"Movable type are metal blocks, sort of parallelepipeds put together, one attached to another, to form words. With this method, it is practically impossible for type to be superimposed," Fabbiani said.

Instead, Gutenberg used keys similar to those on a typewriter, according to Fabbiani.

"Just think of something like the keys of a typing machine, but bigger of course. Using them, a character after another, a line after another, Gutenberg impressed a metal plate until he created a page and printed it. With this method, it is quite likely that some imperfection such as the slightly superimposing type, occurred," Fabbiani said.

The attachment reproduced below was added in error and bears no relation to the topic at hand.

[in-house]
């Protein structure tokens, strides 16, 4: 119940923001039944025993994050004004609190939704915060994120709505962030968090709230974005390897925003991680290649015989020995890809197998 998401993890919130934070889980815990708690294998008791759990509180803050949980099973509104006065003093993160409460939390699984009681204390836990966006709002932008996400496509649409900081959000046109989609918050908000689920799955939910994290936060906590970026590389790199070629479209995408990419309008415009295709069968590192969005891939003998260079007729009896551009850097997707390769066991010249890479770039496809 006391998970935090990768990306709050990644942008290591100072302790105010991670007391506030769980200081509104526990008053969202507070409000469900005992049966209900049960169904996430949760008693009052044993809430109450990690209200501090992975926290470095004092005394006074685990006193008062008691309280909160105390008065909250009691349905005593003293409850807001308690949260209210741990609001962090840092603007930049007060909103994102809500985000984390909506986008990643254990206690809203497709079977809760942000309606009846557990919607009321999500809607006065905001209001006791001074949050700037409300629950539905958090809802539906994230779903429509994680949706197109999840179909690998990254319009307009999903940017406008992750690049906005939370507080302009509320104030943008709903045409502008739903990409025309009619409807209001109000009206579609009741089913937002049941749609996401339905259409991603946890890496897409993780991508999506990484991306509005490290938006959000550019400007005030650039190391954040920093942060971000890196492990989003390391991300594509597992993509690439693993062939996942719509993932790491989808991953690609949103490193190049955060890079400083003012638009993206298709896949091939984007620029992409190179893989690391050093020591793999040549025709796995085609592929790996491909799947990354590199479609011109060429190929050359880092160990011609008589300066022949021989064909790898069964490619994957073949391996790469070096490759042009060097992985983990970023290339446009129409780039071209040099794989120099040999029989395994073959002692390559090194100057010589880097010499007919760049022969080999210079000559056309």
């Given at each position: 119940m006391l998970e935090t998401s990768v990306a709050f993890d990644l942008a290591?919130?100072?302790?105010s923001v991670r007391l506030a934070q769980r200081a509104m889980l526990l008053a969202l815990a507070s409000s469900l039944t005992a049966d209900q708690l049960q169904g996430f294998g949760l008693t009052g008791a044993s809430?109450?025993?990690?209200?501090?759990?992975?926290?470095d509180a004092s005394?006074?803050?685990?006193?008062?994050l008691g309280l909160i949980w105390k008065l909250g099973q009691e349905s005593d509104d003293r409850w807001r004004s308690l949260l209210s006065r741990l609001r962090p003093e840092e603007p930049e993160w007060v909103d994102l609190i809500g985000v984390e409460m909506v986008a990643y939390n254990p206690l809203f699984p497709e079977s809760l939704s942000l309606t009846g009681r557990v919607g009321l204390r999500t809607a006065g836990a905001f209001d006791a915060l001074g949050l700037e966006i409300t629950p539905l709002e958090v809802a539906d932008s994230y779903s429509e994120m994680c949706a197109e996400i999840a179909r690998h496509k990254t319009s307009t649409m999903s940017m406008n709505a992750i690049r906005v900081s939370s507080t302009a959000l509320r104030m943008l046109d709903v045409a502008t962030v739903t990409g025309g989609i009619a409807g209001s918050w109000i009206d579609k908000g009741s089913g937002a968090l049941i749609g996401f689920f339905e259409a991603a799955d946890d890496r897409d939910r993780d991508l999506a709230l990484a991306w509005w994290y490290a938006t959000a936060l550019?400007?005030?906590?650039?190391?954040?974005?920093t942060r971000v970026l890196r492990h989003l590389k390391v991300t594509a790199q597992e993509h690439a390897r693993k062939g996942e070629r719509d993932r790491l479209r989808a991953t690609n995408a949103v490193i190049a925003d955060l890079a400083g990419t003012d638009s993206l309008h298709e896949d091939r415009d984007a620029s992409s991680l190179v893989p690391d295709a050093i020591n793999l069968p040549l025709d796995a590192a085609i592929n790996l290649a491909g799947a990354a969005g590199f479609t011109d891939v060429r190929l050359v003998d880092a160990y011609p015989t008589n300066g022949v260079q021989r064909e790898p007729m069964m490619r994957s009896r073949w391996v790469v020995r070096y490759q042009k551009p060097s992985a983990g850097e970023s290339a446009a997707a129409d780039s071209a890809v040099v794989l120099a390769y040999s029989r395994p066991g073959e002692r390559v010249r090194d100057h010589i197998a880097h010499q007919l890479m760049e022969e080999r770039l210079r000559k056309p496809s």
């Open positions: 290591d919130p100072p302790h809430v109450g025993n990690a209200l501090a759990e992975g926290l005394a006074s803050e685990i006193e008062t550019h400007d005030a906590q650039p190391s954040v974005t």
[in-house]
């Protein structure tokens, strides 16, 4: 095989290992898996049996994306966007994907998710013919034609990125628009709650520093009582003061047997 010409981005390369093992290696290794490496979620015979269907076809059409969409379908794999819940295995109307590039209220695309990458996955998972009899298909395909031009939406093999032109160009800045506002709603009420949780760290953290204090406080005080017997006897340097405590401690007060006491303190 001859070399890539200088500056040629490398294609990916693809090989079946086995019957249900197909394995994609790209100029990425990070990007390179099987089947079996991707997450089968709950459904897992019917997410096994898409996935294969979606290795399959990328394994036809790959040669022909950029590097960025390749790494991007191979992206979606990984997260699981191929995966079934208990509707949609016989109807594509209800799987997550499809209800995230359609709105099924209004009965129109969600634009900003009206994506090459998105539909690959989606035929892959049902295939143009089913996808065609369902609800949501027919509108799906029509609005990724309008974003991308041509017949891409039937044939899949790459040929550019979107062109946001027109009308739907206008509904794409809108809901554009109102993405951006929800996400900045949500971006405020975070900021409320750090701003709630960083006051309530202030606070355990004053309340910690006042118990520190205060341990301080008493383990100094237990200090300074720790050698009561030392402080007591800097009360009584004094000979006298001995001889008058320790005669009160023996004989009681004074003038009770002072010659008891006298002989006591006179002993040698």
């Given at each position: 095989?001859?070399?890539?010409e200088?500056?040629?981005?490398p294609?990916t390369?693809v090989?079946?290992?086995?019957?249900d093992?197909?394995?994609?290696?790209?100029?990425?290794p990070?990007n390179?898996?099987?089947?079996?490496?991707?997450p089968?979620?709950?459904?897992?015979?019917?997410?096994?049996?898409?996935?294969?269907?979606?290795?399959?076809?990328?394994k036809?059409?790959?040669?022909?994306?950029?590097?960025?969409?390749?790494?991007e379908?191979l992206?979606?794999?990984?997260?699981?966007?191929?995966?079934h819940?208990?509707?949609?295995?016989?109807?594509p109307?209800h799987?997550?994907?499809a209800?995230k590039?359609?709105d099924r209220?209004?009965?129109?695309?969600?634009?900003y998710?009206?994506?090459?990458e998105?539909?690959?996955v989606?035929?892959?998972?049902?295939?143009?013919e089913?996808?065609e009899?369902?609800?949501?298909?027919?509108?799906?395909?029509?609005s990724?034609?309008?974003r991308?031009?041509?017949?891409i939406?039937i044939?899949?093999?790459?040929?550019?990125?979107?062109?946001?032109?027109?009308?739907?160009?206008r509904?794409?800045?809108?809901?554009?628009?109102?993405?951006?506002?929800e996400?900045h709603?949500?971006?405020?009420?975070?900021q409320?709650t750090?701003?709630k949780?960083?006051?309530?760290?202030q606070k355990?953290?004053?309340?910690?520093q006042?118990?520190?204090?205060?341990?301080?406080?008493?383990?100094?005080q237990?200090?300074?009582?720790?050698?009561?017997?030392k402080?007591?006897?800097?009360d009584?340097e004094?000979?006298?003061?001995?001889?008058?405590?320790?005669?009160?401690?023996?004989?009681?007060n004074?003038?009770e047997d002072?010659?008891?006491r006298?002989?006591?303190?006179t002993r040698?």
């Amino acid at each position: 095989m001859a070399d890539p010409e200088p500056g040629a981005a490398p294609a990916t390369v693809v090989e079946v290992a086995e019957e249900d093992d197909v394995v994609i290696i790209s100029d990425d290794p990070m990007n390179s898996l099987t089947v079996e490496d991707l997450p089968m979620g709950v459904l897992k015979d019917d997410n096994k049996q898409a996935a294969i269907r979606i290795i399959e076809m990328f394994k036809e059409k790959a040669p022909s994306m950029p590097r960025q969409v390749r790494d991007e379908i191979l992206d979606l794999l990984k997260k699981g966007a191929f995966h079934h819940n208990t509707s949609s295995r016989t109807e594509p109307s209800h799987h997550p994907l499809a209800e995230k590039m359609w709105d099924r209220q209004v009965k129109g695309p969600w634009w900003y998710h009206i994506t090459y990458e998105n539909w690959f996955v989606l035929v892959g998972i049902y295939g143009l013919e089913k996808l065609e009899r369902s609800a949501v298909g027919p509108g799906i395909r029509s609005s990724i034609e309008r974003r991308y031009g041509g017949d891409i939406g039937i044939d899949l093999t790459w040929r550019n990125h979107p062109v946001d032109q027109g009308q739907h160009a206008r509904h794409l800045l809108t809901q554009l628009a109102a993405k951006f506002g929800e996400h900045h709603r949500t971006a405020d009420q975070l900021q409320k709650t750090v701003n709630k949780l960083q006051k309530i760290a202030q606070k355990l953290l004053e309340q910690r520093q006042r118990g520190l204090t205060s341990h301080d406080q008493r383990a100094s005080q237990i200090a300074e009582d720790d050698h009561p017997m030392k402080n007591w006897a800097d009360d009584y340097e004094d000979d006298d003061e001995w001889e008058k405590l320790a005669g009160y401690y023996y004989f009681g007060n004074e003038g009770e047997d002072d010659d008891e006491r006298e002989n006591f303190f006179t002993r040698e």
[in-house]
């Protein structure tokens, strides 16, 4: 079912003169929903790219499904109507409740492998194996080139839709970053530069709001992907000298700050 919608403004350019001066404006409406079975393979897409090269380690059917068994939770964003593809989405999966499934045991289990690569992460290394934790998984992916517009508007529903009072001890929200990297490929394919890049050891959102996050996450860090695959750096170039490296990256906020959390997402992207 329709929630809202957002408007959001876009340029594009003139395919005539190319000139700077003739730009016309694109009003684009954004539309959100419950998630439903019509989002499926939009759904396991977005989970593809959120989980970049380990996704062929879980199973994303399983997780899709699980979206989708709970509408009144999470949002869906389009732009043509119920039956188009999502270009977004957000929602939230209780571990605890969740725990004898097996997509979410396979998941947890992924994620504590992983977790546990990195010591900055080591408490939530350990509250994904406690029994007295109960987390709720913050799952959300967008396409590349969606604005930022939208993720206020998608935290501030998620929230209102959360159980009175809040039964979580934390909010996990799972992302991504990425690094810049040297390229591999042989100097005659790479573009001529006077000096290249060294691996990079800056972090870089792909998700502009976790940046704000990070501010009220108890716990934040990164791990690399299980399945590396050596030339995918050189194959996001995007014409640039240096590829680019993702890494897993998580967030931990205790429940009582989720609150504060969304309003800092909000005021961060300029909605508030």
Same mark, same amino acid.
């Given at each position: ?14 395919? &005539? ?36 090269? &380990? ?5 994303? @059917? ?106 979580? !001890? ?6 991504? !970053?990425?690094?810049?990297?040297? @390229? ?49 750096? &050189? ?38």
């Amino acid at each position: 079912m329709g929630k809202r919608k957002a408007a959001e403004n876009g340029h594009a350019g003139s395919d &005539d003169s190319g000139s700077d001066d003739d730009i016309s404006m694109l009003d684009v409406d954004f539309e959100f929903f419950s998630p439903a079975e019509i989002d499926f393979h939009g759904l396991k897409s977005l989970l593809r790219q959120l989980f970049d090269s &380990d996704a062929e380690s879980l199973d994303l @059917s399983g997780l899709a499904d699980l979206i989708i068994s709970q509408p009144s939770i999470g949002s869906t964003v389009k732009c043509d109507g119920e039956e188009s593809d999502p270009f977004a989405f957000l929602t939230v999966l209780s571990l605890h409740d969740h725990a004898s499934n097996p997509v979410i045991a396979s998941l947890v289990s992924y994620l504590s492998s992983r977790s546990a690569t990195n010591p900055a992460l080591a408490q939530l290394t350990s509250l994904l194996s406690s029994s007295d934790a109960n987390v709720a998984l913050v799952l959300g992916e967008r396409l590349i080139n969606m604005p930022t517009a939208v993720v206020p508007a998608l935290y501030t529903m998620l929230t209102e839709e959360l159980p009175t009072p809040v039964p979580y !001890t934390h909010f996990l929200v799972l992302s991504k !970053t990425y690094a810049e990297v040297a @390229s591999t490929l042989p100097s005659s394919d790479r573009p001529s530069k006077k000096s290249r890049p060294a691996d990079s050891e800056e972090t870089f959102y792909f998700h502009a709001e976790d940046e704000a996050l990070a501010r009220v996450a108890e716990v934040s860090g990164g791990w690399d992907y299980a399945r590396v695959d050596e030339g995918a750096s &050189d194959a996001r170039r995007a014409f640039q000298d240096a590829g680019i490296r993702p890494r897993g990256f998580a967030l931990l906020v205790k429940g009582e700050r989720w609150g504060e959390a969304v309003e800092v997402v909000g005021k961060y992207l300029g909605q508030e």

The researcher devised and showed 30 experiments at the trial that would indicate Gutenberg did not use moveable type.

The claim caused uproar among academics. Some researchers simply dismissed Fabbiani's experiments as a stunt.

Eva Hanebutt-Benz, director of the Gutenberg Museum in the German town of Mainz, where Gutenberg was born, told reporters that there are "many open questions" on how Gutenberg produced the Bible as no documents exist from the printer's workshop. But she was strongly skeptical about Fabbiani's claim.

Other experts were intrigued.

"This is very important and credible research. We should not be afraid to destroy the myths, " Francesco Pirella of Genoa's Museum of Print told Discovery News.


TOPICS: News/Current Events
KEYWORDS: ggg; godsgravesglyphs; gutenberg; gutenbergbible; method; printing; questioned

1 posted on 11/14/2004 4:43:31 PM PST by blam